Anatomy of an own goal: Carl Jenkinson

When Aaron Ramsey leaves Arsenal this summer, the club’s longest-serving, non-academy graduate will be Laurent Koscielny. Who’s next on the list, we hear you cry? It’s none other than Carl Jenkinson, a player who has made a grand total of two Premier League appearances since 2013/14.

The former Charlton Athletic defender might have been identified as one for the future when he signed for the Gunners in 2011, but we’re not sure that many people would have thought that, when the future in question rolled around, he would actually still be there.

We imagine Jenkinson must have been both nervous and desperate to impress when he made the move from south to north London seven and a half years ago. While undoubtedly a player of promise, he had only ever made nine first-team appearances for Charlton and his only other experience of senior football had come in the Conference South with Welling United and the Conference Premier with Eastbourne Borough.

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Jenkinson would have been perfectly happy with a low-key pre-season before his maiden Premier League campaign of 2011/12. Sure, it would have been perfect if he managed to turn in a host of impressive performances to announce his arrival with a bang, but quiet competence would have sufficed.

Things didn’t go to plan: instead, Jenkinson scored the kind of own goal for which the only response is “huh? I guess that really happened then”.

Our story begins at 1. FC Köln’s RheinEnergieStadion, where Arsenal are two goals to the good in their pre-season friendly thanks to a brace from Gervinho. Half-time is imminent, and the players are going through the motions. Well, most of them are, but one man didn’t seem to get the memo.

As the ball is fed forward from the halfway line by a Köln player, there is no danger. Literally none. In fact, they might be less than no danger. It’s like slamming on the brakes while still in your own driveway. When it’s empty. When your car is stationary.  When you don’t even have your key in the ignition.

The best-case scenario here? Well, in the best case scenario, Jenkinson misses the ball, falls to the ground and leaves the field with nothing more than a slightly bruised ego. Instead, after… whatever it is he’s trying, he finds himself heading for the medical centre for some ego-sized gauze and bandages.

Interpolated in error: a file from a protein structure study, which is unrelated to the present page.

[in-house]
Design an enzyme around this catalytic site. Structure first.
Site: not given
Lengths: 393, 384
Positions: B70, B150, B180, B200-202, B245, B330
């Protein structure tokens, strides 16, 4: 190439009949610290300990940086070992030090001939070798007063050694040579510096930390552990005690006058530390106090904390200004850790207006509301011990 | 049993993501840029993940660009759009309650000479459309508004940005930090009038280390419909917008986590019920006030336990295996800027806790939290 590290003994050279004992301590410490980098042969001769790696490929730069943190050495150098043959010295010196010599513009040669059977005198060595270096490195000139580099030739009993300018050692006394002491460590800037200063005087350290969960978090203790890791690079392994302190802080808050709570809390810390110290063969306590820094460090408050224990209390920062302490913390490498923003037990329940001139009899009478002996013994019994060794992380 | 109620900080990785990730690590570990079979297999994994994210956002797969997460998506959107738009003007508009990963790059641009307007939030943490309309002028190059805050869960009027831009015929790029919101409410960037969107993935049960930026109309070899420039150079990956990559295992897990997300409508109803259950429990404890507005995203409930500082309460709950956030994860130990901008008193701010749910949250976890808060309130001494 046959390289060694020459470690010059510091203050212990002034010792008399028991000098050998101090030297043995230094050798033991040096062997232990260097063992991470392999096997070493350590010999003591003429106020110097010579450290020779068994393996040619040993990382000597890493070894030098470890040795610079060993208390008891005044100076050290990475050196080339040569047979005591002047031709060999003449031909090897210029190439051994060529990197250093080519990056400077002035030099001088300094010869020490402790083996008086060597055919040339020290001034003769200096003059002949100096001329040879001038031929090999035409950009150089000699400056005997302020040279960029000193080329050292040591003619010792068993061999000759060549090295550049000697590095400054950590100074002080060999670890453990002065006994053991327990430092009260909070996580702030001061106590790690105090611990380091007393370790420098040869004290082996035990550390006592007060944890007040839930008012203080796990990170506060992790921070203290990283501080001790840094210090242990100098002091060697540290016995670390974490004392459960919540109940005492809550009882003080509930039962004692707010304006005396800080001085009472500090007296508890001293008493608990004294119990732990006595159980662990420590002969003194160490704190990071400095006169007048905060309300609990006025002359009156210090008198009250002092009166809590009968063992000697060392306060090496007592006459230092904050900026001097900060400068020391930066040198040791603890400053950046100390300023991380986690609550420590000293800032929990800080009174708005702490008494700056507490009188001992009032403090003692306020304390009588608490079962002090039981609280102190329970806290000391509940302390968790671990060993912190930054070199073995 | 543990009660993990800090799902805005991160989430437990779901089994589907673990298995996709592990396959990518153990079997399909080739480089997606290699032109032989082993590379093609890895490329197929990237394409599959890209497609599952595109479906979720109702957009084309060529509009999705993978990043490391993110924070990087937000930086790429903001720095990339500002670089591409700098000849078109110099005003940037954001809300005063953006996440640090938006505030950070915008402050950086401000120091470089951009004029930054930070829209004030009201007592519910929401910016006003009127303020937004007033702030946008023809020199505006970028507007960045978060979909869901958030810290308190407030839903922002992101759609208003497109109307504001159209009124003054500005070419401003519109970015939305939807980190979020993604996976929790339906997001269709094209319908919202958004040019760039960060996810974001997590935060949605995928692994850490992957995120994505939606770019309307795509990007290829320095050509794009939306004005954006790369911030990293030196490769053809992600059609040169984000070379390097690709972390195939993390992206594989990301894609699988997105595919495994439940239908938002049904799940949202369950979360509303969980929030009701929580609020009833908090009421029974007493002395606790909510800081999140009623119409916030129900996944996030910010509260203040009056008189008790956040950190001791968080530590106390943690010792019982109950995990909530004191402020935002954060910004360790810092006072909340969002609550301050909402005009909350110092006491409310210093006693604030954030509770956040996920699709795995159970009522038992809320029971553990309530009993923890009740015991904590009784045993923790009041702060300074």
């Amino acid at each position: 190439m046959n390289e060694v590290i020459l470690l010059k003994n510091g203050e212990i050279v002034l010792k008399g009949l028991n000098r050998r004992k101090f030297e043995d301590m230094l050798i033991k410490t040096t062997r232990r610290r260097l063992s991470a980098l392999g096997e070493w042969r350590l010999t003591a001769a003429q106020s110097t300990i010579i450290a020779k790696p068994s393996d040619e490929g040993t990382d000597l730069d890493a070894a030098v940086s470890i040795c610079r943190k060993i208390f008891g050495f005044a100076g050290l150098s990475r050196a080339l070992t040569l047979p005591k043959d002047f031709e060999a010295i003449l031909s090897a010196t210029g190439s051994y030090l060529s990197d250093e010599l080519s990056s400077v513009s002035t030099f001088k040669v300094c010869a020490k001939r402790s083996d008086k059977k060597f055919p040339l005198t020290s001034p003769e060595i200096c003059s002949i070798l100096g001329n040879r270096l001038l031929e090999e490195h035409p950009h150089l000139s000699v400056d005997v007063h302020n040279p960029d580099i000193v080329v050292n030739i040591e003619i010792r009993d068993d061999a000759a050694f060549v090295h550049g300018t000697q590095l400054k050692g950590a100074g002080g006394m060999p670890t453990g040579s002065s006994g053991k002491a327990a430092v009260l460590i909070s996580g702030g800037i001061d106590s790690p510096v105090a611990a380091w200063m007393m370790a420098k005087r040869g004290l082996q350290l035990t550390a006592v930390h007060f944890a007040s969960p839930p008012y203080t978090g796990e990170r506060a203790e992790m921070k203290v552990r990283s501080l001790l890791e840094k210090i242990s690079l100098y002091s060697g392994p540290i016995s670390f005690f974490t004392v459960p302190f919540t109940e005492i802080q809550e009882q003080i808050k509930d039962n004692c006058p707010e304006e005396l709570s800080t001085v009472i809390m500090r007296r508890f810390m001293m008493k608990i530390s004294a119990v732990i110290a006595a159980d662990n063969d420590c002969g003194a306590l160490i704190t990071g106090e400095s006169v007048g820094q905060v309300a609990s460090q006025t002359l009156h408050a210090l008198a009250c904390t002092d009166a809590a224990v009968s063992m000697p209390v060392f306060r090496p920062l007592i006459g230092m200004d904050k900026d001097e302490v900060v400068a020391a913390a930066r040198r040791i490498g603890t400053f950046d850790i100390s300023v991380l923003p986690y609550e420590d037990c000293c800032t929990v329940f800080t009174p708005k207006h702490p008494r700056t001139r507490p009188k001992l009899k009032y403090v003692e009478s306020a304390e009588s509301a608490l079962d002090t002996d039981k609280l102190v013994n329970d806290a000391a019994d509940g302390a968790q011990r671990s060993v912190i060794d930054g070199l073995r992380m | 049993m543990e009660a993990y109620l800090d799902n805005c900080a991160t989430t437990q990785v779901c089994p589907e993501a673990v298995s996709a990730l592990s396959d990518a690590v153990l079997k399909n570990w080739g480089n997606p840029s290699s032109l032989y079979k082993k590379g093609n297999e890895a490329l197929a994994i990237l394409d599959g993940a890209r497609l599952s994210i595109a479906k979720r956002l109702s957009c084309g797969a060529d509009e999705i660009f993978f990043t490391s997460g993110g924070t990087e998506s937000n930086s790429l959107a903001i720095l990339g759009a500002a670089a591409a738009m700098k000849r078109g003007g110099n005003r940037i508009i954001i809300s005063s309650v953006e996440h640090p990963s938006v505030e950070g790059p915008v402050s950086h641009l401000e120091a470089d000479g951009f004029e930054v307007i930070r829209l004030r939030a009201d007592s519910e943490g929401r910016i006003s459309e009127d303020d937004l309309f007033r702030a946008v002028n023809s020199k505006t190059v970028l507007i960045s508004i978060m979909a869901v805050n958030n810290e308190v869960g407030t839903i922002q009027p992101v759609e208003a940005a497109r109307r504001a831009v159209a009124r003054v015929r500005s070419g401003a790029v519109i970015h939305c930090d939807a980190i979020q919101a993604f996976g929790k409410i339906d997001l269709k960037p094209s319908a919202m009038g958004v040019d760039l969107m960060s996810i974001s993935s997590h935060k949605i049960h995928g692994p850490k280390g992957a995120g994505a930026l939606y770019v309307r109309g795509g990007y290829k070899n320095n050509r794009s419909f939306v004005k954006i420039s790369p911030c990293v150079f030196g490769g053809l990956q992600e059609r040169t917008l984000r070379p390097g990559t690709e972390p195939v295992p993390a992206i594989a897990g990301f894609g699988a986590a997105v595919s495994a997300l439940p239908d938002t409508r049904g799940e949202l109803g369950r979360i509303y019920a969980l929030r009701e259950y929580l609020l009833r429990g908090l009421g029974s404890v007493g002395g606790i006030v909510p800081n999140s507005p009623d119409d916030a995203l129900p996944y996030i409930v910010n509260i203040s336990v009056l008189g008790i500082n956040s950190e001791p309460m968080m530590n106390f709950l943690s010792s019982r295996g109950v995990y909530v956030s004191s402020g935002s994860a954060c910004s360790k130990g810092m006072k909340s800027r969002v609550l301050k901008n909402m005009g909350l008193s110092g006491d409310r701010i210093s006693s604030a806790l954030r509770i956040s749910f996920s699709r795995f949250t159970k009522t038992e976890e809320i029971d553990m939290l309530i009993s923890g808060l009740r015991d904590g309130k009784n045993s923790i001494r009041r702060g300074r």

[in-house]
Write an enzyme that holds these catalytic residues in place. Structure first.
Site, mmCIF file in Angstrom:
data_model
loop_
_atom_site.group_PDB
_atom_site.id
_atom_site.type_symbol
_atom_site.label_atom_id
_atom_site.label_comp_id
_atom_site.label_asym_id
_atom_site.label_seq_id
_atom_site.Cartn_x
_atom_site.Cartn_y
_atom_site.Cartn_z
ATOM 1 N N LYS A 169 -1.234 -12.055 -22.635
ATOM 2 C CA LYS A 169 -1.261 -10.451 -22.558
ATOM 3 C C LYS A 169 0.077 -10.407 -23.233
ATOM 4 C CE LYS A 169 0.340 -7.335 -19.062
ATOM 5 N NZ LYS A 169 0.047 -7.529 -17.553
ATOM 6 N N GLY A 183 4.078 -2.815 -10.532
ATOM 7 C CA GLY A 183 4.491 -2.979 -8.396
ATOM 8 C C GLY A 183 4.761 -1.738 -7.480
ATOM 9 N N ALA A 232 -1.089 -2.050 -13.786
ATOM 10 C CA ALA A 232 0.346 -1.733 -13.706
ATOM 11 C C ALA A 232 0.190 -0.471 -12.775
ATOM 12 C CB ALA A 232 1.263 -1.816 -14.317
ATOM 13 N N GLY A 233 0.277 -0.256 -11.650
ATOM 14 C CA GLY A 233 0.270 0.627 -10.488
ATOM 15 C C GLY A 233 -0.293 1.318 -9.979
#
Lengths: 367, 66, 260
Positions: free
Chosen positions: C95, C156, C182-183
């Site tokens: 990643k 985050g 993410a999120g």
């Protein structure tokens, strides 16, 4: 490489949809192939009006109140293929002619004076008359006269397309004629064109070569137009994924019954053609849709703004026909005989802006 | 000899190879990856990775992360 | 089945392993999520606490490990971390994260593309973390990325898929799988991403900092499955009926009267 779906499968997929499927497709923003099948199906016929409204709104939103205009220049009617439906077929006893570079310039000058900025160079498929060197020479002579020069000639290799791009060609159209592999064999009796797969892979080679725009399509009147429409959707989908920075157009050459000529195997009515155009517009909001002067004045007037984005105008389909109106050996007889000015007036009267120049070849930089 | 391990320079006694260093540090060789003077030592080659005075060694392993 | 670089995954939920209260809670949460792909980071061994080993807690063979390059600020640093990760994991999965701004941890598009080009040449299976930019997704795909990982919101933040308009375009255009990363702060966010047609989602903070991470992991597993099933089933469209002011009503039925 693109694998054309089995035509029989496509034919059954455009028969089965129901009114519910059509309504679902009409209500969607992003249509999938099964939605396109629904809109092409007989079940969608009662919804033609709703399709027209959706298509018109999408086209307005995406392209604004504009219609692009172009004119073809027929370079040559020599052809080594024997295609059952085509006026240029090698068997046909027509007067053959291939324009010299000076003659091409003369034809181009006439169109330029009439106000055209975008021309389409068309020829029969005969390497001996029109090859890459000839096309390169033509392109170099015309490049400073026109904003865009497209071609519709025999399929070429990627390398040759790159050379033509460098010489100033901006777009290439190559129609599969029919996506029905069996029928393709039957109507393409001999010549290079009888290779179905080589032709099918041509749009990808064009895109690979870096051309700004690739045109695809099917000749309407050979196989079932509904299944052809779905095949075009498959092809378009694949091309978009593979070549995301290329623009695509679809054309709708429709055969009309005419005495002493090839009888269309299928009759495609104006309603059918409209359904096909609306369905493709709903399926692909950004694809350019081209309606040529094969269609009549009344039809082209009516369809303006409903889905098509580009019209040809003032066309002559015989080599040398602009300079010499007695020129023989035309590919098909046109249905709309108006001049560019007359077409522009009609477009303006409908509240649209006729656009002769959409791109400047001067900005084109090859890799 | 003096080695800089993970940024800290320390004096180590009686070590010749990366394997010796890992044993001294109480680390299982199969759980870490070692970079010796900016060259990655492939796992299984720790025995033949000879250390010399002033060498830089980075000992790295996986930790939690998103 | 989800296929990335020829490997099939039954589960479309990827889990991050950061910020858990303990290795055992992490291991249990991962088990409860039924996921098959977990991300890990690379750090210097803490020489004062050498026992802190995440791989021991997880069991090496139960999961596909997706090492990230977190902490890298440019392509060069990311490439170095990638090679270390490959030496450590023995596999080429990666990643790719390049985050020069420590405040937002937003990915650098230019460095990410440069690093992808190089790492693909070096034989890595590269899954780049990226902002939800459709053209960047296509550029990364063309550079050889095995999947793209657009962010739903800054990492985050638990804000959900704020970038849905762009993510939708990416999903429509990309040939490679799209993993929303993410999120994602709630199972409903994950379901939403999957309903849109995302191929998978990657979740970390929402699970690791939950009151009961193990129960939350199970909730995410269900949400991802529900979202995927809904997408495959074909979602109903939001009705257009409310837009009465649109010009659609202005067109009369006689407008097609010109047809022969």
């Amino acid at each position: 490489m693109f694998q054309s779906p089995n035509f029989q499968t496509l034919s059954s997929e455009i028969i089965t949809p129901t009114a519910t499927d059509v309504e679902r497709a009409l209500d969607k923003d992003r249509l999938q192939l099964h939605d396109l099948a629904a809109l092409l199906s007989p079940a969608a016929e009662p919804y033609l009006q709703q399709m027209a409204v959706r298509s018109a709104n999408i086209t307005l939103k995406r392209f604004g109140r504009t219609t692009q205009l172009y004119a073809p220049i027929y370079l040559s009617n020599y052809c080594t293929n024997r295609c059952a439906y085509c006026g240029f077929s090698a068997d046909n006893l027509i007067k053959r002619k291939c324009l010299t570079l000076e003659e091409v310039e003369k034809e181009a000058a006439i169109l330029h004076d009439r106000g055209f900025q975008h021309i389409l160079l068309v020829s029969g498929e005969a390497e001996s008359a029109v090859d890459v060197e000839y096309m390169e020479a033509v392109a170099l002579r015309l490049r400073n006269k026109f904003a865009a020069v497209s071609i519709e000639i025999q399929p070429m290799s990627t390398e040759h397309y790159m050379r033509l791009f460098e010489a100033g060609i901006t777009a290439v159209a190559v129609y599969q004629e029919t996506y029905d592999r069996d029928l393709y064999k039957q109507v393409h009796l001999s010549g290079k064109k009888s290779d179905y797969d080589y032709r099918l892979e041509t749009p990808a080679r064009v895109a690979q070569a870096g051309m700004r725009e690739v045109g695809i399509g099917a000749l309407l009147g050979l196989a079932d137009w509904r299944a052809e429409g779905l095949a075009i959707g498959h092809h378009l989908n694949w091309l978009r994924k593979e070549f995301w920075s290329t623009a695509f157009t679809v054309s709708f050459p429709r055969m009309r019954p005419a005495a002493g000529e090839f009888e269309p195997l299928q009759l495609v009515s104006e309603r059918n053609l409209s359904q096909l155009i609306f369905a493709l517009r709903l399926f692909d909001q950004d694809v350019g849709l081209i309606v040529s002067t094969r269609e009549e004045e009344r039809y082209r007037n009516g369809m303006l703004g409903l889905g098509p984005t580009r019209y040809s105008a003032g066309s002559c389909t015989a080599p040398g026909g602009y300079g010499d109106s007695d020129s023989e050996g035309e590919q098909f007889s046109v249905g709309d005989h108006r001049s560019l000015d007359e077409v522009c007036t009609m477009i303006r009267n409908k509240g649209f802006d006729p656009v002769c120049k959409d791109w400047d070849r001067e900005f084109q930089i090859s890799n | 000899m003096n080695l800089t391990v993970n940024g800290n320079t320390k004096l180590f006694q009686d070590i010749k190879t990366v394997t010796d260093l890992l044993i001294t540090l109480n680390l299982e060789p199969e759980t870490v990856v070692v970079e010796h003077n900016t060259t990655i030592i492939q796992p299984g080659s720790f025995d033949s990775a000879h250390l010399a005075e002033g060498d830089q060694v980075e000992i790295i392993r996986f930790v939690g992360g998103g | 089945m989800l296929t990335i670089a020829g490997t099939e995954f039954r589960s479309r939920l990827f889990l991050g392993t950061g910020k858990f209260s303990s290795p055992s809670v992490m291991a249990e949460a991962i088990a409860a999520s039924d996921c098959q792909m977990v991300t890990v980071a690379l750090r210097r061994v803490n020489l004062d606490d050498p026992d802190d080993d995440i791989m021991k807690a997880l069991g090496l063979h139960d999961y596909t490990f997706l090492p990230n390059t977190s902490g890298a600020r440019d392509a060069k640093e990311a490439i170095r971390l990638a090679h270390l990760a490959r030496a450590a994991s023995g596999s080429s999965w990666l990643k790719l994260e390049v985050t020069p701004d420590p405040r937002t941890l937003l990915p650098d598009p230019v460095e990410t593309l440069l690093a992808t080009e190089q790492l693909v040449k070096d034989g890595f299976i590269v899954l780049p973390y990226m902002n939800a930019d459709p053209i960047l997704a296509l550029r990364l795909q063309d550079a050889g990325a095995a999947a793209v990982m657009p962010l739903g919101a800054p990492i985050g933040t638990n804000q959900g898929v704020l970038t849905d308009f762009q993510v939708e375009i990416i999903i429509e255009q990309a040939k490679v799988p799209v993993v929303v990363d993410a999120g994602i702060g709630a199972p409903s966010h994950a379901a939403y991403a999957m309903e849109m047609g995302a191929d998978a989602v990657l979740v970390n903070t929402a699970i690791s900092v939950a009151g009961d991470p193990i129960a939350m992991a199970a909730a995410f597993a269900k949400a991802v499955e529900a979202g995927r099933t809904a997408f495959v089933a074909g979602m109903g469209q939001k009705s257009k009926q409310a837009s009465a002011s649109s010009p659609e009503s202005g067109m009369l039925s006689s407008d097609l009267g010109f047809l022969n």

We’re not in the habit of bullying a player into using his weaker foot, but we’re pretty sure even an acknowledgement that Jenkinson owned a left foot would have prevented this catastrophe.

The worst is yet to come, though, as the timing of the goal – right at the end of first-half stoppage time – makes it look like all 22 players are leaving the pitch in pure disgust at what they have just witnessed. Yes, Jenkinson included.

You might be wondering what was going through the head of goalkeeper Wojciech Szczesny as the ball sailed over him and into the net, via a part of Jenkinson’s leg which even the defender didn’t seem to be sure was attached to the rest of his body.

Well, wonder no more: the now-Juventus glovesman later remembered the incident during a TV appearance alongside compatriot and former Arsenal team-mate Lukasz Fabianski.

“He was in a horrible mood at half-time, sitting depressed, tears in the eyes” Szczesny said. “Then Boro [former first-team coach Boro Primorac] comes to him, in a friendly game, and his words: ‘Carl! Compliments on your first goal for Arsenal!’”

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It’s the sort of goal which could give you a sense of humour if you didn’t have one already, but sadly there isn’t any word from either goalkeeper on how Jenkinson reacted to the ribbing.

We imagine he took it better than he took his first away Premier League game for the club, a humbling 8-2 defeat at Old Trafford during which he was sent off in the closing stages, picking up a second yellow card for a foul on Javier Hernandez.

Or maybe not. After all, while he might have picked up a red card in a thumping defeat, at least his contribution wasn’t the only thing people were talking about.

This article was originally published by BetBright.

Anatomy of an own goal: Carl Jenkinson
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